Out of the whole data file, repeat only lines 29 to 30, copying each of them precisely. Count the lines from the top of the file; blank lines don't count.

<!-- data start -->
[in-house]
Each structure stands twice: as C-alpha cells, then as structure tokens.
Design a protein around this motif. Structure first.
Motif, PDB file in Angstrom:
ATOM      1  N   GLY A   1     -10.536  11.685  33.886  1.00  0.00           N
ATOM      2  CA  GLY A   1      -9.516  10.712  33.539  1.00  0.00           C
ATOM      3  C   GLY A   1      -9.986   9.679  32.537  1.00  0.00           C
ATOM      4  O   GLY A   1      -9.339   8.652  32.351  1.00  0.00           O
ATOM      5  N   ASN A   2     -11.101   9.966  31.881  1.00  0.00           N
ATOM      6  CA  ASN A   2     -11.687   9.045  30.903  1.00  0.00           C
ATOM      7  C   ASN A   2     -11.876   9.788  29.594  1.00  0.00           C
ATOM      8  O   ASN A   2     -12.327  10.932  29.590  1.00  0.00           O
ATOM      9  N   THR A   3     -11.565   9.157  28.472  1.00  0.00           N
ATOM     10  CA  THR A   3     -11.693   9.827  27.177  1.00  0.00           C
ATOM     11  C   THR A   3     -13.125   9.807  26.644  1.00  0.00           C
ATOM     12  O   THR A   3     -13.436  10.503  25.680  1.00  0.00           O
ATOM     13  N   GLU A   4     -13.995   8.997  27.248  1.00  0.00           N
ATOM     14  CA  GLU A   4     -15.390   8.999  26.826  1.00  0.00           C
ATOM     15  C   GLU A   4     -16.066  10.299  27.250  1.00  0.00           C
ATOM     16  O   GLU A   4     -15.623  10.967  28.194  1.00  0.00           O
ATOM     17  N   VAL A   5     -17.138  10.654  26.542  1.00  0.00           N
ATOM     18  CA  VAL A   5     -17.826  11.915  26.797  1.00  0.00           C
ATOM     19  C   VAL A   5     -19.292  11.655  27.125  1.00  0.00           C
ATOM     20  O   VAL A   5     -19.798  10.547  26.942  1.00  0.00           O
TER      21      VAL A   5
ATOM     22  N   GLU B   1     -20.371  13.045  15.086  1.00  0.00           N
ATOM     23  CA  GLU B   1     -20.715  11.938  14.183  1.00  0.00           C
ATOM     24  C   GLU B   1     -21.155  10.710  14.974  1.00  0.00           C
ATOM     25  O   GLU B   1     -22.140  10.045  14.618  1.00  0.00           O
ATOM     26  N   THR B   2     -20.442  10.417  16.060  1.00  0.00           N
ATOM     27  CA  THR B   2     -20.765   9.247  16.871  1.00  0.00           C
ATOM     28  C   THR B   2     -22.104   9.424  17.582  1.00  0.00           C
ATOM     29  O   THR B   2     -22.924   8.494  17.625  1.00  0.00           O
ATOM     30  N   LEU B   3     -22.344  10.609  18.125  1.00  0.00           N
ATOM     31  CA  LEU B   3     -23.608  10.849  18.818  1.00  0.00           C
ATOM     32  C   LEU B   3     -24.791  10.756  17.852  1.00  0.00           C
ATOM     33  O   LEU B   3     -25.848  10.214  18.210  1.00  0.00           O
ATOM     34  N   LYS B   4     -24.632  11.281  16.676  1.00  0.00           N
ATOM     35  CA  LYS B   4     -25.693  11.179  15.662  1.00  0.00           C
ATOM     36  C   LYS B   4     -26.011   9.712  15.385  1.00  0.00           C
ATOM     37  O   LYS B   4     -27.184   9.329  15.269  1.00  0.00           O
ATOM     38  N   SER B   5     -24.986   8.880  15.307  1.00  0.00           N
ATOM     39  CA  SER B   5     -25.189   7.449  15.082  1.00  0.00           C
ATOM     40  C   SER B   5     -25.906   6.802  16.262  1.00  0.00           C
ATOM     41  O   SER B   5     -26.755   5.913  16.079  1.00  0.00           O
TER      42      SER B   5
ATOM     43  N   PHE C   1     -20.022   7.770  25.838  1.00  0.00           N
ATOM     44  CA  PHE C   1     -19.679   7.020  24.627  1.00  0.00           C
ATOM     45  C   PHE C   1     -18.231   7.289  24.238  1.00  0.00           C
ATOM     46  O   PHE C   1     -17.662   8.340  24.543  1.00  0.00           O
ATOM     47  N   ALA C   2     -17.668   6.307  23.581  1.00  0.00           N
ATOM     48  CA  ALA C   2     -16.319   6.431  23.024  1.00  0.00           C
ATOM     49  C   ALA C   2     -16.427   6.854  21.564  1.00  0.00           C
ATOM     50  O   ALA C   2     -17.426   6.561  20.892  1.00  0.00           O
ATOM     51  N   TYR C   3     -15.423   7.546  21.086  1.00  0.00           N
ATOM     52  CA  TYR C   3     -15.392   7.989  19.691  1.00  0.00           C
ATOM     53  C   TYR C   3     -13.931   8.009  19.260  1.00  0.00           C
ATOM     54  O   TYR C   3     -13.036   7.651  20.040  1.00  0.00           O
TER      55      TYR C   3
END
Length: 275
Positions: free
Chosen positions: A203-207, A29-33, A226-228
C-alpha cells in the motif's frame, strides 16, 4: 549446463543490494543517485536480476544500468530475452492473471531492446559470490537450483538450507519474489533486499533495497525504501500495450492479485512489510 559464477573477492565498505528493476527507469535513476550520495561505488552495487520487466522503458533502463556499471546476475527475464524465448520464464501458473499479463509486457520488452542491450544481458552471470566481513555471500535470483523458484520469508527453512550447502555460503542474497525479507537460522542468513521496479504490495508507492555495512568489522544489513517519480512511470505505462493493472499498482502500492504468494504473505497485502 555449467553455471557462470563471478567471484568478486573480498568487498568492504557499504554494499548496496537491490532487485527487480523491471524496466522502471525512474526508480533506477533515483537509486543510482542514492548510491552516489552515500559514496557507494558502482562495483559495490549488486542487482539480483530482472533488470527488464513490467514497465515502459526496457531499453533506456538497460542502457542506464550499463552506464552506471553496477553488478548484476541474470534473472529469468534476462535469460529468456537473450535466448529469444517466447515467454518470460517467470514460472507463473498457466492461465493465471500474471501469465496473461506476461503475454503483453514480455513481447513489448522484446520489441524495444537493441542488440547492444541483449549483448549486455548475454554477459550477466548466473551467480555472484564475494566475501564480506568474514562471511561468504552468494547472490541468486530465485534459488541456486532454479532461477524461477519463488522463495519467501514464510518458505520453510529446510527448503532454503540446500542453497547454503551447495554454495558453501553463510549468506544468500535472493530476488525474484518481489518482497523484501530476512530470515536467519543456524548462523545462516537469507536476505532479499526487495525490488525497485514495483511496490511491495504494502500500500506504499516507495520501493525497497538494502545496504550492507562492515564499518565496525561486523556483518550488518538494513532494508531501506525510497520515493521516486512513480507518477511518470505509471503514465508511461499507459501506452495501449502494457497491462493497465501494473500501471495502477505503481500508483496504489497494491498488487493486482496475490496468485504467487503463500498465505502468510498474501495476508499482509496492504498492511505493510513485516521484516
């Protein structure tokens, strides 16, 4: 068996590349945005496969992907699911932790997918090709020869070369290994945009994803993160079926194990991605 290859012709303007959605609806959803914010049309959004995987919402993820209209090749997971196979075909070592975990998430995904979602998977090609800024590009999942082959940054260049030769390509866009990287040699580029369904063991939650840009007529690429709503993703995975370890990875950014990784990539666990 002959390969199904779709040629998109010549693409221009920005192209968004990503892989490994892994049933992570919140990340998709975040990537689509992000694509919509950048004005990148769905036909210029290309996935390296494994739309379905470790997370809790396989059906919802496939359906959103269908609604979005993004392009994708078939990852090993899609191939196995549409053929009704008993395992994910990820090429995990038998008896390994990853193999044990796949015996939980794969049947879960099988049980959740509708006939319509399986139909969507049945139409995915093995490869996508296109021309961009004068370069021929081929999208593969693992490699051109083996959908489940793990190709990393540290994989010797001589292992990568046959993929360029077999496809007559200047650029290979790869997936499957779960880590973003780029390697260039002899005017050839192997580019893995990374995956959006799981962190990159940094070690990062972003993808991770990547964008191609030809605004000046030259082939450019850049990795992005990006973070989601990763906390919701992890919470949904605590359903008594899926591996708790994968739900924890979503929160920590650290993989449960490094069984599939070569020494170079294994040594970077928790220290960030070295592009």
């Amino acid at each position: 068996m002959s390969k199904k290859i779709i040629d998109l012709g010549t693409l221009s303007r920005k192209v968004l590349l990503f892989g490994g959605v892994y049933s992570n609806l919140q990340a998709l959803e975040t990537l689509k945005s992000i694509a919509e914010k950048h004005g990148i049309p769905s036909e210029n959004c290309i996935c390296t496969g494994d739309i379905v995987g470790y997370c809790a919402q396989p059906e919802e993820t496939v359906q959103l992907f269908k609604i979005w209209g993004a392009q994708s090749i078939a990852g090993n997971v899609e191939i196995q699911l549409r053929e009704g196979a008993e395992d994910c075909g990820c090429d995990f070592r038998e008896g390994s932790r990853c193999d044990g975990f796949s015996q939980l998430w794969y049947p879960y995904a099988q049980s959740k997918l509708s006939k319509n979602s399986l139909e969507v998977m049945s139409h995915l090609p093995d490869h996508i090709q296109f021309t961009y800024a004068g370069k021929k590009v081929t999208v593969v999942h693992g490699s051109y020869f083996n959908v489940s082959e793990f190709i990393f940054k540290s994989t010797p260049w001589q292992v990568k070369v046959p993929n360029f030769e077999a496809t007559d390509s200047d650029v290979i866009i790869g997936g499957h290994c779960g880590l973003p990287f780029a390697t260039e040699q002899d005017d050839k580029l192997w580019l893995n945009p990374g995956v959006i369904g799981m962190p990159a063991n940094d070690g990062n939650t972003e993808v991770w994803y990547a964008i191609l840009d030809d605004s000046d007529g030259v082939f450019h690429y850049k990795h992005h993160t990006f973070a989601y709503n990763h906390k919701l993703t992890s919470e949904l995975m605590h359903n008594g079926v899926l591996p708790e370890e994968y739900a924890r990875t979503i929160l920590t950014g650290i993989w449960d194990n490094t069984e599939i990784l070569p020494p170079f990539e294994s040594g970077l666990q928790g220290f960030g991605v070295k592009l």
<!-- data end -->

ATOM     25  O   GLU B   1     -22.140  10.045  14.618  1.00  0.00           O
ATOM     26  N   THR B   2     -20.442  10.417  16.060  1.00  0.00           N